For most first-year students, this is the LAST OPPORTUNITY to arrange off-campus housing. Much like selecting a major, choosing a place to live is a critical decision and must be made a detailed priority. When looking for off-campus housing, take your time, be thorough, and don’t settle for the first place you see. Here is a list of things to look for during your housing hunt.
· Before moving into an apartment, ask the current tenants what they like and dislike about the property. Prospective tenants can always search online for reviews or ask current tenants in person.
· If you plan on touring an apartment, make sure the site superintendent shows the actual suite you’re interested in renting. It’s not uncommon for apartment tours to showcase some of the higher-end and nicer suites to attract potential tenants.
· Tour the neighborhood, as well as the rental accommodations. Just because the rental accommodations are amazing, doesn’t necessarily mean the neighborhood will be. Often out-of-towners will not be familiar with undesirable neighborhoods within the community, which can lead to unfavorable situations down the road.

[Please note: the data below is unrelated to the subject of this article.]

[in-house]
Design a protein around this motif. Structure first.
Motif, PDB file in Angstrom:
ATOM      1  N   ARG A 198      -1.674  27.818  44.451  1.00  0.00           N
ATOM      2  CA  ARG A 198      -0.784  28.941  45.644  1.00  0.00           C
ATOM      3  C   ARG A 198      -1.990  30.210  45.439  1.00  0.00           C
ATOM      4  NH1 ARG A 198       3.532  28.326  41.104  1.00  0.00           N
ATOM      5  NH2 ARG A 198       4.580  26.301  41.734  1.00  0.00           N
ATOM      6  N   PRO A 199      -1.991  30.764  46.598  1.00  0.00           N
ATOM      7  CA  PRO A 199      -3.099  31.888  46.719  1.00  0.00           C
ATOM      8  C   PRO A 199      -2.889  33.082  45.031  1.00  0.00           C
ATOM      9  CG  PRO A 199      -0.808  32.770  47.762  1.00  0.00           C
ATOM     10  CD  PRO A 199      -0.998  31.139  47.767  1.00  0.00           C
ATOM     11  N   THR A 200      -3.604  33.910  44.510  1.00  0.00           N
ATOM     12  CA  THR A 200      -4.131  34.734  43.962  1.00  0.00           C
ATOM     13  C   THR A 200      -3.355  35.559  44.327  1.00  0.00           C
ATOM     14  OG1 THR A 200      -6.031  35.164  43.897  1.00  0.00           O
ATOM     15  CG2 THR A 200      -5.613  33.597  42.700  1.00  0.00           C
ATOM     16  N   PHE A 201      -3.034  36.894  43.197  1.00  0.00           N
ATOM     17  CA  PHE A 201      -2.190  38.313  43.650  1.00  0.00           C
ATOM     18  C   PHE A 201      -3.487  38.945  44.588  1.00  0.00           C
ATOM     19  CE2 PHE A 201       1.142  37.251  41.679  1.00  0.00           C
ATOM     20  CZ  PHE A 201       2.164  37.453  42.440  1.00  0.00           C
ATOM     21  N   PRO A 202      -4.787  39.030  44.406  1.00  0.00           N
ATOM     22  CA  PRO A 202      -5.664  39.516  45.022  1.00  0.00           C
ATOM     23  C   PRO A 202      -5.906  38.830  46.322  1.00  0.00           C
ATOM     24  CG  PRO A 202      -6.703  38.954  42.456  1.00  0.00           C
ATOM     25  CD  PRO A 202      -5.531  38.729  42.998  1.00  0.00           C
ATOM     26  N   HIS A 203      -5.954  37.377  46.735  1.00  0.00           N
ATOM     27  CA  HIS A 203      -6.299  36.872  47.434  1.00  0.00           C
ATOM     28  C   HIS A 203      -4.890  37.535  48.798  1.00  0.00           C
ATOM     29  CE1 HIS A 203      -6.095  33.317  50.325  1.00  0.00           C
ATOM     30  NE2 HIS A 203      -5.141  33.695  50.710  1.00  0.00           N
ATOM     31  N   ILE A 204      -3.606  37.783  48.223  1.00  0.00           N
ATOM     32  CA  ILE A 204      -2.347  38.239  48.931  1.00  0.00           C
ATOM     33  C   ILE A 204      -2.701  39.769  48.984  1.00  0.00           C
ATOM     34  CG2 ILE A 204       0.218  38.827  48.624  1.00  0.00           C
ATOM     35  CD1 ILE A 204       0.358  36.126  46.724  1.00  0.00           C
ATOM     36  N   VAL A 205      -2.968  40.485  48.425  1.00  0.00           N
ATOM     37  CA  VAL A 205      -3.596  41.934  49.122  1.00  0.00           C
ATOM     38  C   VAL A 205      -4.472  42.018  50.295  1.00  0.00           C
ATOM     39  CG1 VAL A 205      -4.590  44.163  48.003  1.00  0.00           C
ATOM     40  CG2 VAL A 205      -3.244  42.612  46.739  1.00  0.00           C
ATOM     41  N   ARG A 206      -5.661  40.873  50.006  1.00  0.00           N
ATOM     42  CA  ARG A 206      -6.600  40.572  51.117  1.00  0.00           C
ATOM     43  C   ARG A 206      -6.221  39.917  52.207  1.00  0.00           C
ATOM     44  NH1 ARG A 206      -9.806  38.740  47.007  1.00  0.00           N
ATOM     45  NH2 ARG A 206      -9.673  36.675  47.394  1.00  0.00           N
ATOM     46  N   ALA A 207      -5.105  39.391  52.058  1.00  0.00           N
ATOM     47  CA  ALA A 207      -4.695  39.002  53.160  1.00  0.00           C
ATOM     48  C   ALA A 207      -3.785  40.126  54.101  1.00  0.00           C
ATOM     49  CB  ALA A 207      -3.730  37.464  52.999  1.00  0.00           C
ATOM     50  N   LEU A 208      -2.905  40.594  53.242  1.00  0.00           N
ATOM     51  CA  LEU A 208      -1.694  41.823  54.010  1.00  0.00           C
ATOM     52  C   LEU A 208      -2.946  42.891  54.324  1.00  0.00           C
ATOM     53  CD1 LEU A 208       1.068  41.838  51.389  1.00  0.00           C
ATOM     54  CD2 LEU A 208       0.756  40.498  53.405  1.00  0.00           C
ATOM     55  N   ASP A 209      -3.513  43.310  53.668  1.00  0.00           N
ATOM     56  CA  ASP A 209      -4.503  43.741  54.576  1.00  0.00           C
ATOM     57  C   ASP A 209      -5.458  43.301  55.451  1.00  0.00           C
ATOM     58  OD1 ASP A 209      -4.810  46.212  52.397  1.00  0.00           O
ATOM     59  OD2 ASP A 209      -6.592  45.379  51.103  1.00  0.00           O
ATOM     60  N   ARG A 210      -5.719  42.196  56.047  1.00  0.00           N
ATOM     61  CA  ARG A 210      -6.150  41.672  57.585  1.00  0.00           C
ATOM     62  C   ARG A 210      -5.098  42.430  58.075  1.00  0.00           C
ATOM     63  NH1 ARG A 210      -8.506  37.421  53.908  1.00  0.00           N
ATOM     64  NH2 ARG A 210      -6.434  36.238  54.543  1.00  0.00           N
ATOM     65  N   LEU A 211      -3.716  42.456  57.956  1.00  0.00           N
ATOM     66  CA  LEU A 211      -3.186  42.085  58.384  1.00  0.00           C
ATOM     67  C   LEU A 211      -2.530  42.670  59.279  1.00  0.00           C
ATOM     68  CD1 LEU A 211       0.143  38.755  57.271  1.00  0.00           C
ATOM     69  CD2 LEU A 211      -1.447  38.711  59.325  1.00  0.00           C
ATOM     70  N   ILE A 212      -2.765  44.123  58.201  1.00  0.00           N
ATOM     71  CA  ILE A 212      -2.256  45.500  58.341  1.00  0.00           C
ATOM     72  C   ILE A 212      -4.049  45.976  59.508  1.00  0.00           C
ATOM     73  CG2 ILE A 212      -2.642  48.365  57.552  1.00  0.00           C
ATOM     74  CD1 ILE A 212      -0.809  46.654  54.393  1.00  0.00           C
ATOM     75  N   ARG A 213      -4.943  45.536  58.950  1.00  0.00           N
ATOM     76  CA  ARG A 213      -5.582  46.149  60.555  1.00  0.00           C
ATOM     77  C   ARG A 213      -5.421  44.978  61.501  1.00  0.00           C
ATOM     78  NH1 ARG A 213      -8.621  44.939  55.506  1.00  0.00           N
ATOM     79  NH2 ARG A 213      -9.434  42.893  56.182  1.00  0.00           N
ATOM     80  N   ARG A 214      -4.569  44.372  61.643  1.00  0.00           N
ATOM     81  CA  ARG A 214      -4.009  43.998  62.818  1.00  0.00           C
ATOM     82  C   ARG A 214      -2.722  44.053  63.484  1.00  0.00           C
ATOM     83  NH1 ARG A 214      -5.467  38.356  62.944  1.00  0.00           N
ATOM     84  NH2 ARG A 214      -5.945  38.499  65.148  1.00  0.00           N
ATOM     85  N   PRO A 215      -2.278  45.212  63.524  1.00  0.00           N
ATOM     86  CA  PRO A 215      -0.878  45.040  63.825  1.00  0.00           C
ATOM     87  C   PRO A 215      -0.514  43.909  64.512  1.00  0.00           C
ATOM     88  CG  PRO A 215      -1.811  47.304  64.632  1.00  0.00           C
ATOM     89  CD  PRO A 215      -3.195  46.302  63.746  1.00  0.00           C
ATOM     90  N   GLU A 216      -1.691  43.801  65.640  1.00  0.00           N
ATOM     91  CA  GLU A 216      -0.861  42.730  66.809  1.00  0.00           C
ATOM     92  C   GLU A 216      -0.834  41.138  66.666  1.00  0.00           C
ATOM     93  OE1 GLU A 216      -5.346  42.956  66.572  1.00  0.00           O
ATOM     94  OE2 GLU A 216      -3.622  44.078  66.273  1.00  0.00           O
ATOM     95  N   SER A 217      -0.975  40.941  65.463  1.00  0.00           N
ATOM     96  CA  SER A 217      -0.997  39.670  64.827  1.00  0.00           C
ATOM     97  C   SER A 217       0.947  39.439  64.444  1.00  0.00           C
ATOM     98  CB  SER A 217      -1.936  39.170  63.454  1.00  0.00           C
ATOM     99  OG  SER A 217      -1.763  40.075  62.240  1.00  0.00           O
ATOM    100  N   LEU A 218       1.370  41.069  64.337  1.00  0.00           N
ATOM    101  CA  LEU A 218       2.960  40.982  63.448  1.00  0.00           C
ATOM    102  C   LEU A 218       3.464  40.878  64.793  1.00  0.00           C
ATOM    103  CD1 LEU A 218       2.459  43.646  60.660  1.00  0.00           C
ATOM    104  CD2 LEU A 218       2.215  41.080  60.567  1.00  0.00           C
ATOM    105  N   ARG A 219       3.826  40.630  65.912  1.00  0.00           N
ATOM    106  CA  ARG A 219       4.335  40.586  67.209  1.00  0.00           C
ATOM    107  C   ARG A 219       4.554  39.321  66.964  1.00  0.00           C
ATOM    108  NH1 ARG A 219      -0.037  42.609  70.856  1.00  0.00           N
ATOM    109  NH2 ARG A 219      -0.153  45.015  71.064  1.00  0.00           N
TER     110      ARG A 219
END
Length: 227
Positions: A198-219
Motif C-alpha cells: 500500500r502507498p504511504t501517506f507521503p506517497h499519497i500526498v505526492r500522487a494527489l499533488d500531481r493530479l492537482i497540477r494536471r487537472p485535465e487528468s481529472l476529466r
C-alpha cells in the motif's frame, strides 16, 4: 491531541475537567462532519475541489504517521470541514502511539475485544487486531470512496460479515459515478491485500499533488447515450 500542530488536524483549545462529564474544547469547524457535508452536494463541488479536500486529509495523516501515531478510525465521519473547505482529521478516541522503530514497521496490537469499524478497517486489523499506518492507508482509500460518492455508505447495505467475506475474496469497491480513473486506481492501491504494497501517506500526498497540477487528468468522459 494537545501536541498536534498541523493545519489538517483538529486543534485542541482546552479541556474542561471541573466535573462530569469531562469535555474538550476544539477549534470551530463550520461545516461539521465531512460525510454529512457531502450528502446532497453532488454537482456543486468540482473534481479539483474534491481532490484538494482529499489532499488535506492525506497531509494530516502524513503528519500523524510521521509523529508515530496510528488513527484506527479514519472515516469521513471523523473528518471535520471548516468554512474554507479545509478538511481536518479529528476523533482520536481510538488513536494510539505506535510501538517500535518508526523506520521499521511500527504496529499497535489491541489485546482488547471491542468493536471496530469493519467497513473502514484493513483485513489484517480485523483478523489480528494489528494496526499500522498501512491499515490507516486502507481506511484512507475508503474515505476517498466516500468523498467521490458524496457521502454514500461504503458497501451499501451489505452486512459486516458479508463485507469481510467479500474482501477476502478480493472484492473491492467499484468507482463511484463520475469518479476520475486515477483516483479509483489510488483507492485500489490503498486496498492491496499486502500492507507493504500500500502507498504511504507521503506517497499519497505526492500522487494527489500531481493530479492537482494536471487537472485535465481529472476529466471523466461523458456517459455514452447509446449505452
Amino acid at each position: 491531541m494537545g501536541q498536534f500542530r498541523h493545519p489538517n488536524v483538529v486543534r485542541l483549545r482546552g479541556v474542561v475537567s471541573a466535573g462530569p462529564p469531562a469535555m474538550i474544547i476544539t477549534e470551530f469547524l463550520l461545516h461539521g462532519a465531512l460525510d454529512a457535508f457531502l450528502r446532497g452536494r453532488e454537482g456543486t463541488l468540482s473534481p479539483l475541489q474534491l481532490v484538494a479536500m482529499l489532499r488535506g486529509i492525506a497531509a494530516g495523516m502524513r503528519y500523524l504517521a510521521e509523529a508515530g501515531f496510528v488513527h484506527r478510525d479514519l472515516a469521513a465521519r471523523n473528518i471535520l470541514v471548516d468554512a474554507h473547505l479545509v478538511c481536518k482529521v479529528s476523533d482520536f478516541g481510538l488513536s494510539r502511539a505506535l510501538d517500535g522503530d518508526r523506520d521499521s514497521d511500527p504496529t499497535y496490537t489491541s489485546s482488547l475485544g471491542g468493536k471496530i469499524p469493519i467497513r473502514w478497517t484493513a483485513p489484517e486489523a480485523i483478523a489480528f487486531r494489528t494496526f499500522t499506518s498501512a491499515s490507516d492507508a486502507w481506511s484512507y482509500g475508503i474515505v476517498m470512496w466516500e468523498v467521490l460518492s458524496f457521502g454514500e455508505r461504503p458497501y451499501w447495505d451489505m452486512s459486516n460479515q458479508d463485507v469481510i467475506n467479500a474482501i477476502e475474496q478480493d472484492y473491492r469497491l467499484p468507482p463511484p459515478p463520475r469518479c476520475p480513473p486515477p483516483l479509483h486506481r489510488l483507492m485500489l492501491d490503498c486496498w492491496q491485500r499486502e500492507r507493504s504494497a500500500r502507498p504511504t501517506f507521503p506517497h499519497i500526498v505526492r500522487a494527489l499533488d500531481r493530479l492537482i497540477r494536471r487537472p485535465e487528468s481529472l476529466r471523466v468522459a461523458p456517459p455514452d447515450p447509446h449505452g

· Just because a place is being shown, doesn’t mean it’s available right away. The suites may not be available for a few months. Be sure to ask when the place is available to move into before your classes start.
· Don’t be afraid to negotiate. In many instances, some things such as rental rates, move-in dates, added amenities or furnishings are negotiable.
· Try to meet the neighbors BEFORE moving in. Neighbor compatibility is a big deal. For example, if a group of students who like to stay up late and make lots of noise move next to a family with small children, there will likely be some problems.
· If something is too good to be true, it probably isn’t true. Rental scams are an unfortunate reality, especially through free-to-post classified websites. If anything seems fishy, it’s best to trust your gut instinct.
· Location is everything. Quite often accommodations nearest to school are the most expensive. Student renters can get a bargain by opting to live further away from campus. However, commute times might not be worth the savings. Furthermore, living far away in winter can be a real burden.
· Don’t spend a ton of money on furniture or furnishings, only to end up leaving it behind when you move out.
· If you travel by foot or bike, check the Walk Score. A Walk Score is a number between 1-100 assigned to a residential property, gauging how ‘walkable’ it is to nearby shopping and amenities. If a student travels primarily by foot, he or she will want to find a rental accommodation with a high walk score.
Here is your checklist to guide you through the process with questions and tips on what to look for during tours. You can take this printout along to remember all the information you need.
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